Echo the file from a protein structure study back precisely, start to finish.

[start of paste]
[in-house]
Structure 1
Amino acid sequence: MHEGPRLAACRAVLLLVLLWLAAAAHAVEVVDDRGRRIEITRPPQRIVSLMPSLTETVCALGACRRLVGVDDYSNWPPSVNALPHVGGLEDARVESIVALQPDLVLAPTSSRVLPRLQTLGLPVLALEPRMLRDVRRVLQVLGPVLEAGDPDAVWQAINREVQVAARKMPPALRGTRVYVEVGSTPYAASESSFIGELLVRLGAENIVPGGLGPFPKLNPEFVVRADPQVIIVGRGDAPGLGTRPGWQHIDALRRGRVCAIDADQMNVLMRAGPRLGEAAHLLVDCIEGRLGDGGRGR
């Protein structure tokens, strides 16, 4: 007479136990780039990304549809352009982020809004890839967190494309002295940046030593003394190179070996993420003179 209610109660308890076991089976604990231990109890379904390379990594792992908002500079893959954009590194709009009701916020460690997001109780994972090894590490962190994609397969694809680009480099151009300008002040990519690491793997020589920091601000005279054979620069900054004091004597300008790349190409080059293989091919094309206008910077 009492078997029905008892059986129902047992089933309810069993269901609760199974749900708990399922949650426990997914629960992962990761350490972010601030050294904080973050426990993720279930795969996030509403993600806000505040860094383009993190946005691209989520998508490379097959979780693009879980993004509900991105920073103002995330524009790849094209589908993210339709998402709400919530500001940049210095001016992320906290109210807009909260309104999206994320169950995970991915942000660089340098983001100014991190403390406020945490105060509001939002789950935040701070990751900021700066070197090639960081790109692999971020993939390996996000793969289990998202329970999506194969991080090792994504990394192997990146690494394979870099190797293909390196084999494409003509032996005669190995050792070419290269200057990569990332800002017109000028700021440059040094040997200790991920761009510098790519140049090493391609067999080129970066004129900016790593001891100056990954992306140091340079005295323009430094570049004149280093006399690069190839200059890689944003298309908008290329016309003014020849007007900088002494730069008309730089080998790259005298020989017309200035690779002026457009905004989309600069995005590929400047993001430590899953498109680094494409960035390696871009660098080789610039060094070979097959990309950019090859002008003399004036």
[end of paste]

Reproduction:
[in-house]
Structure 1
Amino acid sequence: MHEGPRLAACRAVLLLVLLWLAAAAHAVEVVDDRGRRIEITRPPQRIVSLMPSLTETVCALGACRRLVGVDDYSNWPPSVNALPHVGGLEDARVESIVALQPDLVLAPTSSRVLPRLQTLGLPVLALEPRMLRDVRRVLQVLGPVLEAGDPDAVWQAINREVQVAARKMPPALRGTRVYVEVGSTPYAASESSFIGELLVRLGAENIVPGGLGPFPKLNPEFVVRADPQVIIVGRGDAPGLGTRPGWQHIDALRRGRVCAIDADQMNVLMRAGPRLGEAAHLLVDCIEGRLGDGGRGR
């Protein structure tokens, strides 16, 4: 007479136990780039990304549809352009982020809004890839967190494309002295940046030593003394190179070996993420003179 209610109660308890076991089976604990231990109890379904390379990594792992908002500079893959954009590194709009009701916020460690997001109780994972090894590490962190994609397969694809680009480099151009300008002040990519690491793997020589920091601000005279054979620069900054004091004597300008790349190409080059293989091919094309206008910077 009492078997029905008892059986129902047992089933309810069993269901609760199974749900708990399922949650426990997914629960992962990761350490972010601030050294904080973050426990993720279930795969996030509403993600806000505040860094383009993190946005691209989520998508490379097959979780693009879980993004509900991105920073103002995330524009790849094209589908993210339709998402709400919530500001940049210095001016992320906290109210807009909260309104999206994320169950995970991915942000660089340098983001100014991190403390406020945490105060509001939002789950935040701070990751900021700066070197090639960081790109692999971020993939390996996000793969289990998202329970999506194969991080090792994504990394192997990146690494394979870099190797293909390196084999494409003509032996005669190995050792070419290269200057990569990332800002017109000028700021440059040094040997200790991920761009510098790519140049090493391609067999080129970066004129900016790593001891100056990954992306140091340079005295323009430094570049004149280093006399690069190839200059890689944003298309908008290329016309003014020849007007900088002494730069008309730089080998790259005298020989017309200035690779002026457009905004989309600069995005590929400047993001430590899953498109680094494409960035390696871009660098080789610039060094070979097959990309950019090859002008003399004036």